By Reno Rangan


Discovering a Whole New World beyond the Four Walls

We all know the German folk tale ‘Rapunzel’, and this is a similar kind with an entirely different motive. This is not a fairy tale set in the medieval period, but inspired by many real events of the present era. A couple of years ago I saw a German movie called 3096 Days based on a true story. When I heard of this movie being made, at first obviously I remembered that title, but after seeing the poster alone convinced me it’s not the same. Automatically the expectations rose, and now it’s got the 4 Oscars nominees, including best motion picture.

The two halves of the movie were entirely different from each other, like they were two sets of story, but the core of the theme remains same. The first half was a crucial part that takes place completely in a single room with minimal cast. It does not go through the intro, just begins to tell the story like as it’s already happening and you might take a few minutes to realize the state of their condition. The next half is a reaction to what happened in the previous half of the story. And again this is also an important storytelling section because like the title, it was not all about the room, but beyond that four walls and its roof and floor, like how it affected the mother and son.

“If you don’t mind, it doesn’t matter.”

The movie does not talk about the crime feature at all, it doesn’t even reveal the motive behind it and this remains a mystery remains. The whole narration was one sided, everything was seen through the eyes of a five year old boy. He begins with the line ‘Once upon a time…’ like a fairy tale, because it is to him and with his cute little performance along with Brie Larson’s, the movie briefs their struggle for freedom.

It was a casual opening, like nothing bad is really happening, just that they’re weird people or maybe agoraphobic, except they’re not. You know when we say we love to be kids again to escape this complicated adult life, sometimes we don’t mean it except it was a normal reaction to the situation we’re in. But what if a five year old boy wants to be four again when her mother thinks it’s time for him know what the real world looks like? Yeah, that’s a too much to take in for a young boy, but that’s the best chance they had to break free from the psycho who put her mother in that room.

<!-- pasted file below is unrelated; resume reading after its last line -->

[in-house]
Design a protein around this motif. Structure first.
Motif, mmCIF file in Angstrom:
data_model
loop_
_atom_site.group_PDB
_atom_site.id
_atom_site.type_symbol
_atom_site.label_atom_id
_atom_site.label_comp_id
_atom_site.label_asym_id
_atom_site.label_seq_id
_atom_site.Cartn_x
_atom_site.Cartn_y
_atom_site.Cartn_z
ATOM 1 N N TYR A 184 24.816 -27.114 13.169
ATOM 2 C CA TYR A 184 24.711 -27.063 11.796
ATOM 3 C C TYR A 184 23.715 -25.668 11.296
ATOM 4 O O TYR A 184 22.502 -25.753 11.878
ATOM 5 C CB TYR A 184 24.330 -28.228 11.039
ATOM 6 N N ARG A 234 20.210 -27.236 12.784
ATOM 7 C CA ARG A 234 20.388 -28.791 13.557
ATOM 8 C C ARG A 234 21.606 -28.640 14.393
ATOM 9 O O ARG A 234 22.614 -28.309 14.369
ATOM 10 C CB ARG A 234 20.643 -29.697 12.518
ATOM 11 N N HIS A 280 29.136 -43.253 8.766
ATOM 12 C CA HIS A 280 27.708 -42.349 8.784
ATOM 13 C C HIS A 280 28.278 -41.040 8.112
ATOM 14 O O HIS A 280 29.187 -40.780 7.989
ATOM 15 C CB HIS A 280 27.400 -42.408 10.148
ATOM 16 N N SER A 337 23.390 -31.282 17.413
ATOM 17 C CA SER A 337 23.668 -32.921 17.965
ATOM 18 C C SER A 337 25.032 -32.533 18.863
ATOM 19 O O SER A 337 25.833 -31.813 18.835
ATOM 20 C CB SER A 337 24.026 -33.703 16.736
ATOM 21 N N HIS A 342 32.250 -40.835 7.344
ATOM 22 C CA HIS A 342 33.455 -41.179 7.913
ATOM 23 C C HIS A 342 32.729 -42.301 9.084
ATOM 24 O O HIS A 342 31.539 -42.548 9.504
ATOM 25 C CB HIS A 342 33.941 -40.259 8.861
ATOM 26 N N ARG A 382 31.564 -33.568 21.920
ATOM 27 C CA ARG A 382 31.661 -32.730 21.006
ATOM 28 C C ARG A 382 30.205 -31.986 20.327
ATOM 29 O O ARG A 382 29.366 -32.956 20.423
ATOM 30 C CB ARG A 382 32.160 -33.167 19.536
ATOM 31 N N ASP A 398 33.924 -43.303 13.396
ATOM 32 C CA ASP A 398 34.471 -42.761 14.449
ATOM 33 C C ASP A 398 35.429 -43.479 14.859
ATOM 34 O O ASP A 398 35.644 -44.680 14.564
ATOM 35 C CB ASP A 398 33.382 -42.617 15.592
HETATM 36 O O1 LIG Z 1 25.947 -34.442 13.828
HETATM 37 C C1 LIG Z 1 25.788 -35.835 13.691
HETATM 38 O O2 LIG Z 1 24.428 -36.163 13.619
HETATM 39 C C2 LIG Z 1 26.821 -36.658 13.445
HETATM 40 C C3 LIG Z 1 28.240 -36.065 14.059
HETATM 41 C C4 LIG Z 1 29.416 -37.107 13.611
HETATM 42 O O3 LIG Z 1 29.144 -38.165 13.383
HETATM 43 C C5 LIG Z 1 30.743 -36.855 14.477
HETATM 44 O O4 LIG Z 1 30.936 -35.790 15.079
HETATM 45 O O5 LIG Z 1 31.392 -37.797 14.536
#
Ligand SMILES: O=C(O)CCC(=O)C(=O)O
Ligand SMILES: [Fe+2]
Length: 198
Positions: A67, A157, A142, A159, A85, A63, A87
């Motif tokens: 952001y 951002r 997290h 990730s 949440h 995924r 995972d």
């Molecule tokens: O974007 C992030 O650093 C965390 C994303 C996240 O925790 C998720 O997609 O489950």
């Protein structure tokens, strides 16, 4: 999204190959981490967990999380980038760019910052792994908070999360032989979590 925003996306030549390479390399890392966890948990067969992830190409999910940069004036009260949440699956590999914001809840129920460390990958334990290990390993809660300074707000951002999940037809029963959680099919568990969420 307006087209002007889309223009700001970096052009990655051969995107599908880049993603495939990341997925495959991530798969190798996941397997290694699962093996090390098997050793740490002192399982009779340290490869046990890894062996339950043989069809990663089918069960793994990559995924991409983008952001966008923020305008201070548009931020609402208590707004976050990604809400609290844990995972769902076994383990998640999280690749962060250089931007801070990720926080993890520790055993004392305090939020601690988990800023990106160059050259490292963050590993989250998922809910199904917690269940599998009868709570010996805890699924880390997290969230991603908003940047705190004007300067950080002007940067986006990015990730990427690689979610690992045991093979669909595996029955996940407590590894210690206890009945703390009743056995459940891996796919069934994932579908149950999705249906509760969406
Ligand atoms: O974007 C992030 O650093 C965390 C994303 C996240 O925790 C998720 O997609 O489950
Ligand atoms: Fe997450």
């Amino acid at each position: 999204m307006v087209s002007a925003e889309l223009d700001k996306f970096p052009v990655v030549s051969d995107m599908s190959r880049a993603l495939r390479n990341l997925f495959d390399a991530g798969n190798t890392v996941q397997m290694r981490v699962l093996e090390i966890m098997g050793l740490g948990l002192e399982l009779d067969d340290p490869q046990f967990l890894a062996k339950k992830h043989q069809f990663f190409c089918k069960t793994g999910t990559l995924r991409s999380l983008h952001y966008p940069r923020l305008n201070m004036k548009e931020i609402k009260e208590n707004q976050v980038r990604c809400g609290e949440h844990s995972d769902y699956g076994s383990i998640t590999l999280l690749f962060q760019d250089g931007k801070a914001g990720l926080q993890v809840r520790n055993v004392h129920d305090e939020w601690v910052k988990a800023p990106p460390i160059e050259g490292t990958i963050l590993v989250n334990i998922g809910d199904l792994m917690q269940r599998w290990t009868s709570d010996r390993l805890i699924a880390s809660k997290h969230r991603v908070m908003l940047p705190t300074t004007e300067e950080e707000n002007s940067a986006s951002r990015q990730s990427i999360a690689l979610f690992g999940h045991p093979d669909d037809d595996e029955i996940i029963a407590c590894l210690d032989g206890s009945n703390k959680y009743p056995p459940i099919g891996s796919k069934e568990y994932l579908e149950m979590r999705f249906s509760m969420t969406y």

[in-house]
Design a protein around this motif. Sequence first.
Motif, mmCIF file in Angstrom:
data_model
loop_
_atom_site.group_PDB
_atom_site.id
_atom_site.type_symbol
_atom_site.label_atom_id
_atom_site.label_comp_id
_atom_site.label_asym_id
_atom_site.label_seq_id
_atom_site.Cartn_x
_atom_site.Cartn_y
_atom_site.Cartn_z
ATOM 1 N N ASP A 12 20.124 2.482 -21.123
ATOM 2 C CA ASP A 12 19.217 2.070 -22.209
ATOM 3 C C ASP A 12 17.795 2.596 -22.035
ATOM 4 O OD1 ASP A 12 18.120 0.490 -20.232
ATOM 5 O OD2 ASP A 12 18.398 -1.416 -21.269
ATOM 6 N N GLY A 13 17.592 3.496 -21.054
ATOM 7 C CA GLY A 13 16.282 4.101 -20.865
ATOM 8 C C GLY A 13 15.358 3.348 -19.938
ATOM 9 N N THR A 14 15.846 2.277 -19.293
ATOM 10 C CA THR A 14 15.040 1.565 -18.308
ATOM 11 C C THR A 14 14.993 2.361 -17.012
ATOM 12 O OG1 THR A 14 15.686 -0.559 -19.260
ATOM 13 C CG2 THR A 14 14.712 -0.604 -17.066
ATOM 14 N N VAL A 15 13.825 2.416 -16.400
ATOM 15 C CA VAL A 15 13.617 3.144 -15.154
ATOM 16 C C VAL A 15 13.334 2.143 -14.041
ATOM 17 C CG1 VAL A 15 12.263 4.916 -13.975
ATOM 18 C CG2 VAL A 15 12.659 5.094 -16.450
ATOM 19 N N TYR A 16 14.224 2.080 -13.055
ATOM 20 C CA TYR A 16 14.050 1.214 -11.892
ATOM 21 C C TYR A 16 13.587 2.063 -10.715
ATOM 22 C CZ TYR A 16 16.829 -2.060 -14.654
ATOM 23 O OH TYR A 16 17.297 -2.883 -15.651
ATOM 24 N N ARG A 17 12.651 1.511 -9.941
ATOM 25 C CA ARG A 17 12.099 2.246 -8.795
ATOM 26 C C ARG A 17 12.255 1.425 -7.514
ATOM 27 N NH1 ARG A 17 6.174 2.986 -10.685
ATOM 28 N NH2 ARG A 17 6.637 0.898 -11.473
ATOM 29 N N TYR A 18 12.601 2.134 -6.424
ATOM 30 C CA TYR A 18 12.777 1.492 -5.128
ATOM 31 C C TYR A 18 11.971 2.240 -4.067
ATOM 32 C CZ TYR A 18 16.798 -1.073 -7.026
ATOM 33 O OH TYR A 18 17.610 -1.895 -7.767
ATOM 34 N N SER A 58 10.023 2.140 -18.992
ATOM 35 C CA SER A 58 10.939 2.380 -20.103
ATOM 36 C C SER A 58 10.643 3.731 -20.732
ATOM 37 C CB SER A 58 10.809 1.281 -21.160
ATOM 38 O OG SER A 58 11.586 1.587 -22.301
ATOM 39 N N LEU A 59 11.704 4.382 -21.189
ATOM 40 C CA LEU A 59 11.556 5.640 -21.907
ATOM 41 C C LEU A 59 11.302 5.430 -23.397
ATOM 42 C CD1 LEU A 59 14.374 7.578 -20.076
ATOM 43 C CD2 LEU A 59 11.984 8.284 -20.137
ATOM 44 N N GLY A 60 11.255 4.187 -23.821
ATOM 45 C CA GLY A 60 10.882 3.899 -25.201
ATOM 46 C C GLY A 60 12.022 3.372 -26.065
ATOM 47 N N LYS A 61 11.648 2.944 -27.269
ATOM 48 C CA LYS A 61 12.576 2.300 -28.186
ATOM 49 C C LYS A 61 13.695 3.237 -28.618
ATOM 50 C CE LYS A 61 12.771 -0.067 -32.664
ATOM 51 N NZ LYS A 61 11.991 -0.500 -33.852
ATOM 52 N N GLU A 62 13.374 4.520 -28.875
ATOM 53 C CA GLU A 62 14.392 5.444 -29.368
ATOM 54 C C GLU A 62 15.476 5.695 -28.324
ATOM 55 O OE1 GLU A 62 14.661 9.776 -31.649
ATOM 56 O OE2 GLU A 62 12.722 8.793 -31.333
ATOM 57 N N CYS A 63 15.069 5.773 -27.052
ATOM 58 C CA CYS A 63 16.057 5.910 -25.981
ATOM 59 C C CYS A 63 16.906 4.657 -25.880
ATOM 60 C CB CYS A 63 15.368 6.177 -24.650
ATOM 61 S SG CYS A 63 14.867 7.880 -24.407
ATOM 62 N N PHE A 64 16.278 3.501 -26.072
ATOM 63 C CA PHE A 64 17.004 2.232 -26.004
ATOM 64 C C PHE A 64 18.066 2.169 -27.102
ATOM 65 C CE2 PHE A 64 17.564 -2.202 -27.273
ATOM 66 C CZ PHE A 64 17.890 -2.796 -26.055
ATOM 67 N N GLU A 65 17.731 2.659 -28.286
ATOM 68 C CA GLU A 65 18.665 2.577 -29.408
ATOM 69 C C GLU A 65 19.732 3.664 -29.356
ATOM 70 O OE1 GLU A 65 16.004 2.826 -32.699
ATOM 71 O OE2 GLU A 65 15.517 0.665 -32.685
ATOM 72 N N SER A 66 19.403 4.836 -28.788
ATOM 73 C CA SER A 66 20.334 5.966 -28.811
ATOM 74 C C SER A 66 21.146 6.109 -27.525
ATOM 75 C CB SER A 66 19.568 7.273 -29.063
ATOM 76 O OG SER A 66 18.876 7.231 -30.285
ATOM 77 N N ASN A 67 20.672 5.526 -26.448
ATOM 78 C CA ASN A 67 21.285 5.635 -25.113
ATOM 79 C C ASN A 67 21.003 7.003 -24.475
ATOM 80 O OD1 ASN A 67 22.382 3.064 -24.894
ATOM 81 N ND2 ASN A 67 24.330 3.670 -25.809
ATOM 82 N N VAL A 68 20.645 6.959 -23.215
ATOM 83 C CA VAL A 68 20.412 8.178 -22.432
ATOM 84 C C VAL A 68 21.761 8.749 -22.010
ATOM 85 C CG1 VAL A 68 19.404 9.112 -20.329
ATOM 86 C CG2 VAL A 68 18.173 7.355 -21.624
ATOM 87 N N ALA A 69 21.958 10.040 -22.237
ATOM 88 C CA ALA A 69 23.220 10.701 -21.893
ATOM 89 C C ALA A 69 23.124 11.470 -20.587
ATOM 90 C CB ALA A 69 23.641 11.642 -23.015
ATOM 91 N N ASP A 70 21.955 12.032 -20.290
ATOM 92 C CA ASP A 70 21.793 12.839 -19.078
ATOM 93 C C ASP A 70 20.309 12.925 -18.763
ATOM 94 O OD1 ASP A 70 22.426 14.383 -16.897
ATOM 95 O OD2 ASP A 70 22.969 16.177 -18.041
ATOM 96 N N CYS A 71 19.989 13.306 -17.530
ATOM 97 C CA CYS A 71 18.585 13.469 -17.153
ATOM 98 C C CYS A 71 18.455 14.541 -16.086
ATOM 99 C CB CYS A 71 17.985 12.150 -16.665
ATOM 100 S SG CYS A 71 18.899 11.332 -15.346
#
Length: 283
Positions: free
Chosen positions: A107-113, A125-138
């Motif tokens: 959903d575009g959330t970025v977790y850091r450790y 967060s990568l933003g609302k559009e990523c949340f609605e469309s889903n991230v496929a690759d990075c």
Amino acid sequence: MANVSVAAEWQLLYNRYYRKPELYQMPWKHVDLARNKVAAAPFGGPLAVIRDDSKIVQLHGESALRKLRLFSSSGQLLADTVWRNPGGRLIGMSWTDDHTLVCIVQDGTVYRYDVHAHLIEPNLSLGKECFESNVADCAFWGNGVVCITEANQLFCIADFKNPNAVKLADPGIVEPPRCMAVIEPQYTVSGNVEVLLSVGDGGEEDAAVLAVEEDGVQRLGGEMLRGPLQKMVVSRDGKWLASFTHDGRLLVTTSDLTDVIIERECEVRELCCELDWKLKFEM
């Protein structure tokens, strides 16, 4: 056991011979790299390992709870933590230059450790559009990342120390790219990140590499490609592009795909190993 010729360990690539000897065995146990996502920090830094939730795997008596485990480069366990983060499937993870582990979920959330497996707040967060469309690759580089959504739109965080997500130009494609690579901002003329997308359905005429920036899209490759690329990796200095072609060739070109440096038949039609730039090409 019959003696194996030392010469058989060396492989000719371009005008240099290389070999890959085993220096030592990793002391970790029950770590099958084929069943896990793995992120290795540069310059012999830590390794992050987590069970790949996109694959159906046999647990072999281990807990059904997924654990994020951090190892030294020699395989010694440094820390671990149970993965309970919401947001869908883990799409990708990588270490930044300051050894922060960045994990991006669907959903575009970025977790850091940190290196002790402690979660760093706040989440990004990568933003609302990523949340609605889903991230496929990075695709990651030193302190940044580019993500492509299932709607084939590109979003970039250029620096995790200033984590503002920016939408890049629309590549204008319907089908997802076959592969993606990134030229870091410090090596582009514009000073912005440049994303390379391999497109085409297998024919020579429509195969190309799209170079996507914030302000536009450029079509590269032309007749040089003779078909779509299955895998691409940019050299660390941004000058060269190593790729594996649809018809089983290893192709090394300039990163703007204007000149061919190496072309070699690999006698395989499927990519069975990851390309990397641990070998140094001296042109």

“When I was small, I only knew small things.
But now I’m five, I know everything.”

It was a tidy film, but the camera angles were impressive. I know it was shot in a studio with a wide open space behind the camera, but that does not ruin the viewpoint in the actual story. When the first half ends it is an indication that the good parts are over, at least that’s what I thought, but what came after was the unexpected expansion in narration. Usually most of similar tales end in that part, like for example Prisoners and the rest is understandable stuff that won’t be shown.

When a tale had a ending like ‘happily ever after’, still some people desire for it to continue a few more minutes to know how happy really they are and that’s what this film’s second half is about. Remember, most similar themes have multiple perspectives, like how the victim’s family is coping with life, cops are pursuing the suspect, the abductor’s plans and motive, and the captives struggle. Like I said it was all about what a mother and her son goes through those years in captivity and after that.

There were some suspicious characters and events, like I had a bad feeling over the doctor’s soft talking and also the mother-son master plan when they were in captivity. Those are tiny diversions so viewers assume something different is happening to where the story is heading. It is all about the mother and son’s mental trauma, especially for the little boy, similar to when Tarzan is in a big town for the first time leaving behind his other life. It was a perfect pace as well, neither hurried nor a slow development. The movie was a big break for many, especially for the Irish director Lenny Abrahamson, Brie Larson and of course for the kid Jacob Tremblay. Definitely one of the finest movies of 2015 and a must watch.

Rating: 9/10



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